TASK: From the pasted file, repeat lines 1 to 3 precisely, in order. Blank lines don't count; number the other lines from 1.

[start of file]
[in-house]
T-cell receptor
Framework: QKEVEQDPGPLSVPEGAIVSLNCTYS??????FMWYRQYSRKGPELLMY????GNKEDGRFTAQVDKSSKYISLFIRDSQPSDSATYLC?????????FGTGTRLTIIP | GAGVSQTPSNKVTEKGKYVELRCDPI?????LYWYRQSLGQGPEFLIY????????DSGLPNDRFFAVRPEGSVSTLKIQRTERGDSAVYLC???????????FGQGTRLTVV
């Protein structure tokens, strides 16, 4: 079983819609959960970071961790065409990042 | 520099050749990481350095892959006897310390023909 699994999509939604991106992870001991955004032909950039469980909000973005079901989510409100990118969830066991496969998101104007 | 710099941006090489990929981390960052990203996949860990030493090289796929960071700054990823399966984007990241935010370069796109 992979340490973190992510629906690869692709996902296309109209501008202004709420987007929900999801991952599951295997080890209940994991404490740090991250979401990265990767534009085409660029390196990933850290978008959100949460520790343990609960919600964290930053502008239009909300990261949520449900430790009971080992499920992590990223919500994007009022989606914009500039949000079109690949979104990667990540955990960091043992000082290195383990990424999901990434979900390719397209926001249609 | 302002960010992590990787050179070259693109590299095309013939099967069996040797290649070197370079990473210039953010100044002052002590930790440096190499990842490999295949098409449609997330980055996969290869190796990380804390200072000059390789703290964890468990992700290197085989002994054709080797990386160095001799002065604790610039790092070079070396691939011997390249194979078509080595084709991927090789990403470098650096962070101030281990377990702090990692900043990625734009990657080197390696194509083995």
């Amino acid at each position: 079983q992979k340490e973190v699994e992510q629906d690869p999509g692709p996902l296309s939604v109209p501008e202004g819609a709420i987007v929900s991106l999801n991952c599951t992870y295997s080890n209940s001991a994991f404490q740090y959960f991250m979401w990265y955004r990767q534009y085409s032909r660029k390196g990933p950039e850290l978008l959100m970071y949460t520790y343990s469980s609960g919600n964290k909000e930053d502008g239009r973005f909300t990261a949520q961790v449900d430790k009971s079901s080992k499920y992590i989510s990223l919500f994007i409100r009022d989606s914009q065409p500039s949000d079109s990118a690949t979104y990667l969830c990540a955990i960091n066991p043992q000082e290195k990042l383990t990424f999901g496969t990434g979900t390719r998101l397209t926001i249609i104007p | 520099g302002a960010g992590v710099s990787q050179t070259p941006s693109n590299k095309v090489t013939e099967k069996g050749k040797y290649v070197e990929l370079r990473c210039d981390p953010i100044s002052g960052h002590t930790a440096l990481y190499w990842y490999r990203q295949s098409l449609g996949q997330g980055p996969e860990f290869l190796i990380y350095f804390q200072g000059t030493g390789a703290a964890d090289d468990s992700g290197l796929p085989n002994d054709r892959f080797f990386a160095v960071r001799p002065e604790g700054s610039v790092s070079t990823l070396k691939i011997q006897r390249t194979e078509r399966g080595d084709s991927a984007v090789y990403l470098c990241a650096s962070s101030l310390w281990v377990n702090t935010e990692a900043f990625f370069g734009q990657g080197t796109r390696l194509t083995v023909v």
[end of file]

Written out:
[in-house]
T-cell receptor
Framework: QKEVEQDPGPLSVPEGAIVSLNCTYS??????FMWYRQYSRKGPELLMY????GNKEDGRFTAQVDKSSKYISLFIRDSQPSDSATYLC?????????FGTGTRLTIIP | GAGVSQTPSNKVTEKGKYVELRCDPI?????LYWYRQSLGQGPEFLIY????????DSGLPNDRFFAVRPEGSVSTLKIQRTERGDSAVYLC???????????FGQGTRLTVV